Rooting your phone might unlock the chance to customize your phone’s software package, but at what cost? Understand what rooting is, why people like better to root their phones, and why it’s such a security risk.
Table of contents
- 1 What is rooting?
- 2 Is rooting safe?
- 3 Should you root your Android phone?
What is rooting?
Rooting (or jailbreaking for iPhone lovers) is that the process of ‘unlocking’ your phone’s OS. It gives you ‘administrator’ or ‘superuser’ access, meaning that you simply can make any changes to your OS, including those who phone manufacturers and carriers usually forbid.
“Why root Android phones?”
What does that mean in practice?
- Full customization of themes and graphics;
- Users can download any app irrespective of whether it’s on the app store and use extra features like adblocking;
- The potential for extended battery life and better overall device performance;
- Your device will be updated to the newest version of Android OS whether or not you own an older Android phone and therefore the manufacturer not allows you to try to so. (However, some newer OS updates not work on rooted phones. Updates now patch the full system directory. Any extra files (in this case, those wont to root your device) will compromise the verification process and therefore the update will fail);
- Users can delete and conceal bloatware that was preinstalled by the manufacturer and otherwise couldn’t be deleted;
- Users can duplicate the information of any app and upload it on to a different device. They will also duplicate all data, which is great if the system crashes and you wish to reinstall the OS.
Is rooting safe?
The rooting process gives you more freedom, but it does so by breaking the manufacturer’s security settings. This suggests that you’re not the sole one who can easily manipulate your OS.
Your phone essentially becomes more susceptible to malware and hacking. Here are the chance factors:
- Rooting can get it wrong and switch your phone into a useless brick.
Thoroughly research the way to root your phone. Each Android model can have a distinct rooting process and a few rooting methods get patched very quickly (so they now not work).
If you’re undecided the way to root your device or use Android root software, it’s better to go away it to someone with a touch more tech know-how.
- You will void your warranty.
Even though rooting isn’t illegal, manufacturers attempt to fight it. Gaining root access will immediately void your warranty. If something happens to your software or hardware, you won’t latch on fixed by the phone provider.
- Your phone is more vulnerable to malware and hacking.
You might gain access to more apps and features, but that also implies that you’ll need to be very selective with what you download on your phone. Some apps might contain malware and steal your sensitive data like login details, passwords, or maybe payment details.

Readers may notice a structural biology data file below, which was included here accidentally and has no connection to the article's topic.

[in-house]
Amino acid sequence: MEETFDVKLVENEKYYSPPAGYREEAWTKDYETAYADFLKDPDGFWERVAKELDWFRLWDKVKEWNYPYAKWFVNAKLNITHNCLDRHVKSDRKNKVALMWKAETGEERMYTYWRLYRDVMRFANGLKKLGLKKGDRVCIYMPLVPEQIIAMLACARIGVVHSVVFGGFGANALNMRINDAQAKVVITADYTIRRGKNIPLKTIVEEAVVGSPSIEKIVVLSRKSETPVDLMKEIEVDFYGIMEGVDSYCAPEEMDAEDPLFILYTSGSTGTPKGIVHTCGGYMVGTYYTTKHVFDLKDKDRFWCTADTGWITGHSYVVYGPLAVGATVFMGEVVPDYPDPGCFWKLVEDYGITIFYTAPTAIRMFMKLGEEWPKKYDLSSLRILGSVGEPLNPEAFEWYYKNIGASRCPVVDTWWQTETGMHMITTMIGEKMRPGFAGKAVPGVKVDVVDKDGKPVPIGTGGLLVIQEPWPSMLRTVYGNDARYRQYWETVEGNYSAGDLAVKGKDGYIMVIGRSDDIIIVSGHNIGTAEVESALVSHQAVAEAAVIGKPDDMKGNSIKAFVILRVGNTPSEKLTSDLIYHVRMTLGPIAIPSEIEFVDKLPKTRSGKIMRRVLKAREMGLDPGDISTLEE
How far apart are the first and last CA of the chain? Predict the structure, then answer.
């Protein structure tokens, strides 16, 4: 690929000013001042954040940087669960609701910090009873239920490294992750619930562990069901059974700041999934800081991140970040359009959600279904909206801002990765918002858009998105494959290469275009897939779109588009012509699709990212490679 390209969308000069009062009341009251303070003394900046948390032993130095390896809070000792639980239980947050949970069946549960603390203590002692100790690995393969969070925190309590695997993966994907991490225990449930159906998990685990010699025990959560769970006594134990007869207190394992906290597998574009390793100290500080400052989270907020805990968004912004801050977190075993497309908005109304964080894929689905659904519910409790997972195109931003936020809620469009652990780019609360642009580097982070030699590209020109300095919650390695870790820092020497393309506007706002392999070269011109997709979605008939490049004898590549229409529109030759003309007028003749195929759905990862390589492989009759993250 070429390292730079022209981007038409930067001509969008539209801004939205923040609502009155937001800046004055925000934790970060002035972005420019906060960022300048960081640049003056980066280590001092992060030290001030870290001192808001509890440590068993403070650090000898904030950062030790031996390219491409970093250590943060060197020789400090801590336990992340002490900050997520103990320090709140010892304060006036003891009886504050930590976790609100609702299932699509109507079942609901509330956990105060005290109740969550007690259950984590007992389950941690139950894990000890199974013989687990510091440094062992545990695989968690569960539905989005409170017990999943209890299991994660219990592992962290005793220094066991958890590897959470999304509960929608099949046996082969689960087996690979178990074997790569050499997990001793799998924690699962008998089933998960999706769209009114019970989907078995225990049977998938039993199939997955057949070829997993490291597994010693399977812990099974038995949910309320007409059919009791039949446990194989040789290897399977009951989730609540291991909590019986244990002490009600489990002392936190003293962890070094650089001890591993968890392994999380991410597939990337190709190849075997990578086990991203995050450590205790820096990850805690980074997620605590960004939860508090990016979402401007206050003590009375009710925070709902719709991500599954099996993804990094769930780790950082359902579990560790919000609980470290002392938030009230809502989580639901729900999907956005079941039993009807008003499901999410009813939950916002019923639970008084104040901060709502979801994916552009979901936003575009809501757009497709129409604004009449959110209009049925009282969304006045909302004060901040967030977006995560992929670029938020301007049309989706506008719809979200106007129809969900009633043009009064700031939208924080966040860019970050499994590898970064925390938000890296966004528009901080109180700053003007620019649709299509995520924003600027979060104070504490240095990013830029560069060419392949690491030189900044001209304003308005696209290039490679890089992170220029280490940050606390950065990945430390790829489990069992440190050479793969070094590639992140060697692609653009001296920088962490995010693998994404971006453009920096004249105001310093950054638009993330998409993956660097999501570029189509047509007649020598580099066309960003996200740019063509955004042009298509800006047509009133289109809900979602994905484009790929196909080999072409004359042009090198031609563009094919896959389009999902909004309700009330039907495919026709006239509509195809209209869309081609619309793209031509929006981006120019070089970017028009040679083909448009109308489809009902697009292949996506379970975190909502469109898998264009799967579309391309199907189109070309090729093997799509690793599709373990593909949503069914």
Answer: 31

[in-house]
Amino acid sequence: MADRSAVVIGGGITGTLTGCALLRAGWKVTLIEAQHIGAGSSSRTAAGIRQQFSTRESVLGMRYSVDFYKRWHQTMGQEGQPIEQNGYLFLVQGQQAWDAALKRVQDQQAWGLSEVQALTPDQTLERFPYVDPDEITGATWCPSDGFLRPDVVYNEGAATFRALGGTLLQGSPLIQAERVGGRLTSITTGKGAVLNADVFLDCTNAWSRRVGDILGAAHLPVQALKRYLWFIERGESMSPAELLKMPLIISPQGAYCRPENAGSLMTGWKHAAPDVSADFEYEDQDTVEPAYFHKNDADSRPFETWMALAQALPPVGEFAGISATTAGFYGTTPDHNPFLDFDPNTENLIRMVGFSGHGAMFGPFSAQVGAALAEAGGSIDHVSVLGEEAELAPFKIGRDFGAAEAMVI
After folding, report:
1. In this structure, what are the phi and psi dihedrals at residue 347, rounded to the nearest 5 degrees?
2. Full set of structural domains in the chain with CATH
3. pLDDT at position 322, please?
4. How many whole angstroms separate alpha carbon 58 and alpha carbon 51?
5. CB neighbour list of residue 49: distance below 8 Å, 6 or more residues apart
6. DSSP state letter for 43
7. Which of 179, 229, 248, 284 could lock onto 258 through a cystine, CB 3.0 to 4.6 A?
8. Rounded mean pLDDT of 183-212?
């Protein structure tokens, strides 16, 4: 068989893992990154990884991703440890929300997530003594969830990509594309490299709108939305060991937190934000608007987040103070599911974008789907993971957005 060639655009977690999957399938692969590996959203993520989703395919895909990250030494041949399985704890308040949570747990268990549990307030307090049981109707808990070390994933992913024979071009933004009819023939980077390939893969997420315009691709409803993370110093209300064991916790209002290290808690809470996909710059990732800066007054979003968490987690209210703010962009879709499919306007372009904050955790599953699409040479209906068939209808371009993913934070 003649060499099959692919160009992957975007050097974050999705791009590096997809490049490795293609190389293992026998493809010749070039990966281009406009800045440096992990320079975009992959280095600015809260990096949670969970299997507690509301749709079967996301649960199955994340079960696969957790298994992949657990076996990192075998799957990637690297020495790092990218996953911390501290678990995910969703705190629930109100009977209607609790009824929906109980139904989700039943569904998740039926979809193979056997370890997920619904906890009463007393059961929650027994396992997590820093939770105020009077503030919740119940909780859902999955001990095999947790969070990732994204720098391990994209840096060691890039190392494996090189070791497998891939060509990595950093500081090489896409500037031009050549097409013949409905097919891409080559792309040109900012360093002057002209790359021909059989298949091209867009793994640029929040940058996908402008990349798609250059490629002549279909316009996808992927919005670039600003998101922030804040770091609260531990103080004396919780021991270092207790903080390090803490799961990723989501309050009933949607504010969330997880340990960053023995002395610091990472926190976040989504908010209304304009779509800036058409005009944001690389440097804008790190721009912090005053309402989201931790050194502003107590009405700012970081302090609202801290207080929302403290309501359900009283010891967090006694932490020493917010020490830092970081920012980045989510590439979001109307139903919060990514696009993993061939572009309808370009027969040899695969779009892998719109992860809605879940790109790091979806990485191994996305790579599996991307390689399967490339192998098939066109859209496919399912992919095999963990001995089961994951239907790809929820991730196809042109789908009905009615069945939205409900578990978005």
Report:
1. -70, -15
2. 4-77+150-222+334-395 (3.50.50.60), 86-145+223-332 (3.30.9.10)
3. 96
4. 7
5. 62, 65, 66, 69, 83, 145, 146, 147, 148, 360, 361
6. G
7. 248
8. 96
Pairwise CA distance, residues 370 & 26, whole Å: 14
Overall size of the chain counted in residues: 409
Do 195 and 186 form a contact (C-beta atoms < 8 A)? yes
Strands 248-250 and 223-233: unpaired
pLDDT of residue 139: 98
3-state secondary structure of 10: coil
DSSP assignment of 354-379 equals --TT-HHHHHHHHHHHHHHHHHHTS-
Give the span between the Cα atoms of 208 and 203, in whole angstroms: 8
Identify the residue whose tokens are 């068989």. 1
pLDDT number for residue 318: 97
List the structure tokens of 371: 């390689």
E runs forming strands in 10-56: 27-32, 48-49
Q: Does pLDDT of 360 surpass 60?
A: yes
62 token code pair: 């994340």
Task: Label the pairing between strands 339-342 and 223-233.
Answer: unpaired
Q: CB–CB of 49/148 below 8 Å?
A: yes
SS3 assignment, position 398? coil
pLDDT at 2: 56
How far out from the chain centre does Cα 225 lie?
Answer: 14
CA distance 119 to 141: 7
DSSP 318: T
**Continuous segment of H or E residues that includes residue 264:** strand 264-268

Others might even grant hackers complete access to your phone. If you are doing root your phone, the smallest amount you ought to do is use an honest antivirus and a VPN.
- Some rooting apps are malicious.
You might think that you just are ‘unlocking’ your phone but truly, you would possibly download a rooting software that contains malware. Not all software and firmware are tested, so you would possibly give hackers full access to your phone and any data stored thereon.
- You might lose access to high-security apps.
Some high-security apps check whether your device has been compromised by hackers before letting you employ them. One example is Android Pay. If you don’t want to lose access to those apps, it’s probably best to not mess with rooting.
- Others can manipulate your device too.
Rooting makes it easier for others to access your device not just through malicious apps, but also through other means like your USB port. Your phone may not have certain security measures and can require you to substantiate that you simply “trust” the device it’s connecting to.
Should you root your Android phone?
If you think that rooting your phone is definitely worth the risk, do your research before getting one. Root methods for a few Android devices don’t get released that always and that they are usually patched very quickly.
Nexus and Pixel devices, however, are relatively root-friendly.
Manufacturers provide little control of the OS purposely – to stay your devices secure. Thanks to the risks involved, we cannot suggest rooting your phone.
Users must decide whether or to not take that risk for themselves after doing their research.
If you alter your mind, and if you haven’t bricked your phone, you’ll be able to always unroot your Android. You’ll be able to try this by restoring your phone’s factory settings or reinstalling the OS.